Employee silence and the authoritarian personality: a political psychology of workplace democracy

Andrew R. Timming*, Stewart Johnstone

*Corresponding author for this work

Research output: Contribution to journalArticlepeer-review

32 Citations (Scopus)
192 Downloads (Pure)


Purpose: This paper aims to, drawing from Adorno et al.’s (1950) The Authoritarian Personality, explain why some workers reject participation in decision-making on principle, preferring instead to defer to managerial authority and remain silent. Design/methodology/approach: The paper reviews the literatures on employee voice and silence and then builds a conceptual framework that can be used to explain employee silence in relation to personality structures. Findings: It is argued that some employees have personality structures that make them more susceptible to anti-democratic thoughts. Potentially fascistic personalities, as measured by the F-scale, are expected to derive pleasure in submission to the will of management. Research limitations/implications: The paper has implications for political and social psychologists, especially those seeking to understand how best to promote employee voice in the workplace. Originality/value: This study makes an original contribution to the employee voice and silence literatures by being among the first of its kind to examine the political psychology of fascism in the micro-context of the workplace.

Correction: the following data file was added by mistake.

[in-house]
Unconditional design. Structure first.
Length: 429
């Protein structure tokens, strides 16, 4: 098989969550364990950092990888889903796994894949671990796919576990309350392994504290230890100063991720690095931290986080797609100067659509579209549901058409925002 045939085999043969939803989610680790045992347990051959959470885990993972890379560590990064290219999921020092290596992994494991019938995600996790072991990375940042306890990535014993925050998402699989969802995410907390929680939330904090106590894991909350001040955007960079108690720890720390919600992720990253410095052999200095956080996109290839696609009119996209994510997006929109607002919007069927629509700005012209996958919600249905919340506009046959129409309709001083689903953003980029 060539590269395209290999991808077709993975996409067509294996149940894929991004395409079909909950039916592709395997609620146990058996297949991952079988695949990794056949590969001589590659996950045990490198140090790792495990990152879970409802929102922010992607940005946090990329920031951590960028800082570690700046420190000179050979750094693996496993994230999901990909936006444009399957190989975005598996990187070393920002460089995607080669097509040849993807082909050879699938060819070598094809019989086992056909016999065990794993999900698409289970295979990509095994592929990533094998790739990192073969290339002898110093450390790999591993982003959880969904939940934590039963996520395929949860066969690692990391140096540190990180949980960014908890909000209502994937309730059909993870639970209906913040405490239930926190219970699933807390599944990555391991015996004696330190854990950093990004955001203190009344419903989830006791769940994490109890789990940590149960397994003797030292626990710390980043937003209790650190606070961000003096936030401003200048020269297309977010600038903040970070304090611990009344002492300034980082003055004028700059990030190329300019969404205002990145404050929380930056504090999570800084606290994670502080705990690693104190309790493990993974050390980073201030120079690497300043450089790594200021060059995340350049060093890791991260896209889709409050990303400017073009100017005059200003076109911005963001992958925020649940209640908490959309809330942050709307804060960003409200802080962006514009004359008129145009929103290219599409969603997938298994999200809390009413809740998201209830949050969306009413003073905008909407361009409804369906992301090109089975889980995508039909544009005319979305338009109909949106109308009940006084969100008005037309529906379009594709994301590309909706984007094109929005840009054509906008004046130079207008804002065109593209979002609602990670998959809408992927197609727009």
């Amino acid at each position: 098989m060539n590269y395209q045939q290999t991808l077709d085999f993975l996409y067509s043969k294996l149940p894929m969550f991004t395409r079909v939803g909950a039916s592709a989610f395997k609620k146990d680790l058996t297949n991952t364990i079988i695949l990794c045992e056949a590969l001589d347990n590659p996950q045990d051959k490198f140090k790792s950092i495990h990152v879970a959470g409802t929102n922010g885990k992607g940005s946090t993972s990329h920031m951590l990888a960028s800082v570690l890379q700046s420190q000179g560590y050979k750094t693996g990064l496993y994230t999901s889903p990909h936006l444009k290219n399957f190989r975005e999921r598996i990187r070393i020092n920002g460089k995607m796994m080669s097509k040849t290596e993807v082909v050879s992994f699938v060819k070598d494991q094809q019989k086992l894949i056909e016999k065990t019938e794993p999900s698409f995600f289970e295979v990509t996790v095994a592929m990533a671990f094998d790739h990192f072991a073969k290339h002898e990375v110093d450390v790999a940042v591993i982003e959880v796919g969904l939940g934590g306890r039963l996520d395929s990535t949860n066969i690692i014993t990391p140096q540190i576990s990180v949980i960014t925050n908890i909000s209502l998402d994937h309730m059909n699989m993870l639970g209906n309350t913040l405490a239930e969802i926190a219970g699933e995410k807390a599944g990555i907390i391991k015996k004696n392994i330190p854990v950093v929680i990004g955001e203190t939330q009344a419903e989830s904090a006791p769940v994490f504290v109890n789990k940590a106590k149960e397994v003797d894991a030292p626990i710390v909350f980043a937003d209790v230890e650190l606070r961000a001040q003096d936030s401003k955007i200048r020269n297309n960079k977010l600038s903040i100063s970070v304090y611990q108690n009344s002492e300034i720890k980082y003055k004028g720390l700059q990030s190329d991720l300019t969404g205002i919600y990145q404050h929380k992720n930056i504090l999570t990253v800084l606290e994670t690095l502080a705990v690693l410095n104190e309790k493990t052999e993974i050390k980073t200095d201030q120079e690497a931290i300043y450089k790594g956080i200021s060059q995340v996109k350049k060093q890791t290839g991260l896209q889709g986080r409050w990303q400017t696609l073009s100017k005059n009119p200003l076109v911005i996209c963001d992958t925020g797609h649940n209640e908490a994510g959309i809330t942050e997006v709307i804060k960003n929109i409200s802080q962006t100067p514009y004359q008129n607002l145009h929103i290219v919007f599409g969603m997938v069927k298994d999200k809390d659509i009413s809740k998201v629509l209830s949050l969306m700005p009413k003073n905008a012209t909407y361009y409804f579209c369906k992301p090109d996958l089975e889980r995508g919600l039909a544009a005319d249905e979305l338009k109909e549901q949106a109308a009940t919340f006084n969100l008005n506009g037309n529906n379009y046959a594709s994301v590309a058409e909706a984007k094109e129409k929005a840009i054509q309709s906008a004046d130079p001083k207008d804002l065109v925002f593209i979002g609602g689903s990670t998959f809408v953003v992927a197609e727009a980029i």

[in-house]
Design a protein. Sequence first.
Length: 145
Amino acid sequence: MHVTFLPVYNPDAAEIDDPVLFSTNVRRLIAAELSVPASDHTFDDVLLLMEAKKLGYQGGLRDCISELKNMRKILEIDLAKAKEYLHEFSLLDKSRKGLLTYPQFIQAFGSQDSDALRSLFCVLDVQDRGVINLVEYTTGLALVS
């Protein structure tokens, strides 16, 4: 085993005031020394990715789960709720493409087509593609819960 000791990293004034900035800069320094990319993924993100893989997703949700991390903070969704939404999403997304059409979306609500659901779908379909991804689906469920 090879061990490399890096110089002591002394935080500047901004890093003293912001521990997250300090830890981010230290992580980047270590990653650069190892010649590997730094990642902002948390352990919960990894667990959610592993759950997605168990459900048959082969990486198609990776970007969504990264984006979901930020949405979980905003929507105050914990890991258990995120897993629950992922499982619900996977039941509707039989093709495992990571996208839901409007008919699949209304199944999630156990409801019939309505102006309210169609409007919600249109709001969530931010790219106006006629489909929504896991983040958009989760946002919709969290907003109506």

Original languageEnglish
Pages (from-to)154-171
Number of pages18
JournalInternational Journal of Organizational Analysis
Issue number1
Publication statusPublished - 9 Mar 2015


  • authoritarian personality
  • employee voice
  • F-scale
  • fascism
  • silence


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